White House warns of $1,600 tax hike on 114M middle-class families

The White House has launched a new offensive in its fight with congressional Republicans over taxes, arguing 114 million middle-class families will see their taxes rise without action by Congress.

A report from President Obama’s National Economic Council released Monday contends the families would see their taxes rise by an average of $1,600 if the George W. Bush-era tax cuts expire as scheduled at the end of the year.

The report is the latest effort by President Obama to corner Republicans on taxes.


The GOP has argued that all of the Bush-era rates should be extended for a year, and the House is expected to vote to approve that extension next week. 

The Democrat-controlled Senate is expected to vote this week on legislation to extend tax rates only on those with annual income up to $250,000. Senate Republicans are pressing for a separate vote to extend all of the tax rates.

Republicans believe the fight will work to their advantage, as they argue Obama's plan would amount to a tax hike on millions of small businesses. But Democrats believe the contrasting votes will highlight their party's support for the middle class. It dovetails with Obama's reelection argument, that congressional Republicans and GOP candidate Mitt Romney will put tax cuts for the rich above priorities for the middle class.

Neither effort is expected to reach Obama’s desk, so the votes — and the new White House report — are primarily about the fall campaign.

“Today, while Republicans and Democrats in Washington rarely see eye to eye, everyone agrees that extending middle-class tax cuts will give working families and our economy a little more certainty at this make‐or‐break moment,” the report says. “So far, the only reason the middle-class tax cuts have not been extended is that Republicans in Congress continue to insist on cutting taxes once again for the wealthiest few.”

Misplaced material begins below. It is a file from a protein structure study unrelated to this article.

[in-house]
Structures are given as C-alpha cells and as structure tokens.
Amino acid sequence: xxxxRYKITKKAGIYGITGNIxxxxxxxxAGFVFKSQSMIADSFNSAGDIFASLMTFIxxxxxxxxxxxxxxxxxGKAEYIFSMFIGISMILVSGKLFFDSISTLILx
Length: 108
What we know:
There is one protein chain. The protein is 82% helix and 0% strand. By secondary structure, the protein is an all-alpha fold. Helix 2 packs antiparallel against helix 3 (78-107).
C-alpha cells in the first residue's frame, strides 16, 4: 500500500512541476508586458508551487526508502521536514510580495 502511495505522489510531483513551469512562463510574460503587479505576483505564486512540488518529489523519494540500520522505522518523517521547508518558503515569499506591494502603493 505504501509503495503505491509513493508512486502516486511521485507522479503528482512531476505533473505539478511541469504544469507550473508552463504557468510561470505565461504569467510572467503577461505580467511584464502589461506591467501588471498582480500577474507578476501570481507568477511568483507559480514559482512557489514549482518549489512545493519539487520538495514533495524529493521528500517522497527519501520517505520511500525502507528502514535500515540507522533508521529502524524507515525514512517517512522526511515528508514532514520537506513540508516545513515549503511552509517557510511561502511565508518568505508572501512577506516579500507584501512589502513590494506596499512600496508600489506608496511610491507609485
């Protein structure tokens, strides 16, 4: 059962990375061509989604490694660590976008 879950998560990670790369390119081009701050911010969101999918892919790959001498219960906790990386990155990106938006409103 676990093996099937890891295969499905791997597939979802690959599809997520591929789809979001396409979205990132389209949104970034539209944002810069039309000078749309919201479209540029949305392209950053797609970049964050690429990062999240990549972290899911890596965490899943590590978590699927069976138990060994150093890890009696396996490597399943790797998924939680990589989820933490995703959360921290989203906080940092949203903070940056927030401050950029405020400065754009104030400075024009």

Sen. Patty MurrayPatricia (Patty) Lynn MurrayTech executives increased political donations amid lobbying push Schumer, Tim Scott lead as Senate fundraising pace heats up Sunday shows preview: As delta variant spreads, US leaders raise concerns MORE (Wash.), the Democratic co-chairwoman of the 2011 deficit-reduction supercommittee, said last week that Democrats would let income tax rates rise across the board if Republicans refuse to drop their opposition to raising new taxes. Senate Democratic leaders have endorsed her declaration. 

A spokesman for House Speaker John BoehnerJohn Andrew BoehnerFreedom Caucus presses McCarthy to force vote to oust Pelosi Stripping opportunity from DC's children Here's what Congress is reading at the beach this summer MORE (R-Ohio) said it was “troubling” that Democrats were willing to allow tax cuts to expire en masse.

“This ‘report’ states the obvious: raising taxes is bad for the economy,” Brendan Buck told The Hill in an email. “That’s why it’s troubling that the President would be willing to destroy more than 700,000 jobs by allowing taxes to go up on so many small businesses and families.”

Alexander Bolton contributed to this story.

This story was updated at 10:58 a.m.